This is an extract from Learning to work and working to learn by Ronald Barnett, published in 1999. It is even more relevant seventeen years later.
“In this chapter, I shall suggest that, in understanding their relationships in the contemporary era, work and learning can profitably be placed against the background of wider societal and even global shifts. I shall suggest that we live in an age of supercomplexity. That is to say, we live in an age in which our very frameworks for comprehending the world, for acting in it and for relating to each other are entirely problematic. We live in a world characterised by contestability, challengeability, uncertainty and unpredictability.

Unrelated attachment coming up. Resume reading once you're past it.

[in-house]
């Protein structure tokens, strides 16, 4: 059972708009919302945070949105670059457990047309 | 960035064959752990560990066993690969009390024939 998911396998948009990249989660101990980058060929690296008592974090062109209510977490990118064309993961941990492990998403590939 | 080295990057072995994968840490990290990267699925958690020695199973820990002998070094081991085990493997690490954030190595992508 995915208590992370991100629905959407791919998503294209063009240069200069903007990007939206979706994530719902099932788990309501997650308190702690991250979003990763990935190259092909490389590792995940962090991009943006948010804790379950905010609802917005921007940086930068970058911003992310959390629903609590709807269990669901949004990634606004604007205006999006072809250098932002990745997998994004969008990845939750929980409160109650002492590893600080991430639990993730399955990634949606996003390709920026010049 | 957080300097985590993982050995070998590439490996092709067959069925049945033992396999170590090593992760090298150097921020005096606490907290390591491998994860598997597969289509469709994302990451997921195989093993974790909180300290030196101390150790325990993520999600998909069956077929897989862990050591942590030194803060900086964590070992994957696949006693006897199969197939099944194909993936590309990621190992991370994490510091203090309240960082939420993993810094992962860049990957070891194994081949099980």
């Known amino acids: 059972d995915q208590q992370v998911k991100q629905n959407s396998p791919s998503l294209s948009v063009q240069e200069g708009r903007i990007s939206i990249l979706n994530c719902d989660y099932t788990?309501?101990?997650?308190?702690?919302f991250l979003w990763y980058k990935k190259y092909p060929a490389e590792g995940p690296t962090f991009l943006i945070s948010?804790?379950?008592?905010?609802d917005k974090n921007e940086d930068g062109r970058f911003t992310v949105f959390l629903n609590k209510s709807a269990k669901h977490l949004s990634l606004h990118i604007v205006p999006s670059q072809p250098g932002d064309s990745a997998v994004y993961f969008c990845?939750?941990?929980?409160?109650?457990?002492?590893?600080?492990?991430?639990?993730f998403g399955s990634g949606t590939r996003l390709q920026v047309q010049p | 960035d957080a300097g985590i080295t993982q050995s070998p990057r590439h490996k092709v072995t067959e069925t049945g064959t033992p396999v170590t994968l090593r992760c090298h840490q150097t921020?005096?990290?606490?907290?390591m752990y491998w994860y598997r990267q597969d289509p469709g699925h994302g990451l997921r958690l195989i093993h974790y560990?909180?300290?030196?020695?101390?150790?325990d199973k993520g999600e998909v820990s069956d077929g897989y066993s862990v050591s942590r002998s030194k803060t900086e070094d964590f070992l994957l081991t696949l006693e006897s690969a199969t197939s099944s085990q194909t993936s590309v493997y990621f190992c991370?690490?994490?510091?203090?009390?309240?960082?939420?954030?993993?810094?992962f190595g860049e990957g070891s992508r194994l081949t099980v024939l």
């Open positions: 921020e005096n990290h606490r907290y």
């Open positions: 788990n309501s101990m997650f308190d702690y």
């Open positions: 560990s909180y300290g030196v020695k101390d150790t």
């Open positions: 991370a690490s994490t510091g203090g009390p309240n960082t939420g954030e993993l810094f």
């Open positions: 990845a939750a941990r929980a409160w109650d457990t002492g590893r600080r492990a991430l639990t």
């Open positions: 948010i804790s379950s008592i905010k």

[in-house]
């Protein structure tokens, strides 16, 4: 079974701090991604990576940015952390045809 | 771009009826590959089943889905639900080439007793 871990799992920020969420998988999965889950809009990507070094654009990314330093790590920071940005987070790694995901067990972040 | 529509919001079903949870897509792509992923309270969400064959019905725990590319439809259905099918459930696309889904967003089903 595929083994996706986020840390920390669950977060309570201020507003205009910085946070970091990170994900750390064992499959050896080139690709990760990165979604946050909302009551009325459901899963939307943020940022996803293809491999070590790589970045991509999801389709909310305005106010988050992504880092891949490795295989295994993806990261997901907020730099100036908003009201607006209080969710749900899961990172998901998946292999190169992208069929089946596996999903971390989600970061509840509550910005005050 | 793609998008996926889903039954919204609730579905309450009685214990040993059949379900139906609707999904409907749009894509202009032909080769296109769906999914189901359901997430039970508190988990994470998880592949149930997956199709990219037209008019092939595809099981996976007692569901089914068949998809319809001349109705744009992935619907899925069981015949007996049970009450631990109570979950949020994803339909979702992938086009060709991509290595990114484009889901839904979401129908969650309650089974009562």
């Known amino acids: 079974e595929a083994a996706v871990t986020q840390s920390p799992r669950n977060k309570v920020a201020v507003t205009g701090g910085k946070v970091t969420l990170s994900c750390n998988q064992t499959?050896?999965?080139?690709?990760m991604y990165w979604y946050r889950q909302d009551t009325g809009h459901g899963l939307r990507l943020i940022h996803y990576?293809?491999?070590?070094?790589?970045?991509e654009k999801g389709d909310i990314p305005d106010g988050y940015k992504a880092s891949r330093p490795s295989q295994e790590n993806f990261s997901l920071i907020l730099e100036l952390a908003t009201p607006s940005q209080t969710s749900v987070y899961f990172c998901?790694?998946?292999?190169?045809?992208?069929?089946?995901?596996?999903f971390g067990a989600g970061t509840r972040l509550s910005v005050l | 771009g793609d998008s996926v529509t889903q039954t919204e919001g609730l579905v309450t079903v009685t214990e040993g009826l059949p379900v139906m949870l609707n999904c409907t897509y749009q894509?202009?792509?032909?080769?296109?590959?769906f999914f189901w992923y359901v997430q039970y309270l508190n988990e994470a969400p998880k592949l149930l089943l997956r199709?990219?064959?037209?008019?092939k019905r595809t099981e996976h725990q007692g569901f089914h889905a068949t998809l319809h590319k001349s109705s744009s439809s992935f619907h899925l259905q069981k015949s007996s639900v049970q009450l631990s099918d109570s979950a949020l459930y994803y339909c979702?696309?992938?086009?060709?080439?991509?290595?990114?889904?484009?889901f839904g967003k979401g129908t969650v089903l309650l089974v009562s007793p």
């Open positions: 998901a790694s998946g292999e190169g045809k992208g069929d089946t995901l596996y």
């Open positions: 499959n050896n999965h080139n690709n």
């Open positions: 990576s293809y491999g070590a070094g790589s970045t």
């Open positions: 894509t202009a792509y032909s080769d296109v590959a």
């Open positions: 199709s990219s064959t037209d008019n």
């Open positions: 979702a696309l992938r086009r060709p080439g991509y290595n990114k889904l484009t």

My argument is that, under conditions of supercomplexity, work has to become learning and learning has to become work. These imperatives – as they have now become – arise out of the fragility of the supercomplex environment in which we are all placed. We cannot escape the conditions of supercomplexity which face us in ‘the global age’ (Albrow 1996). As a result, learning in work takes on a new urgency. Equally, learning has itself to be seen as work, as a set of activities which stand, to some extent, outside of individuals and which yields value beyond that of the individuals’ efforts. Only through taking work and learning seriously in these ways can we begin to address the age of supercomplexity in which we find ourselves.”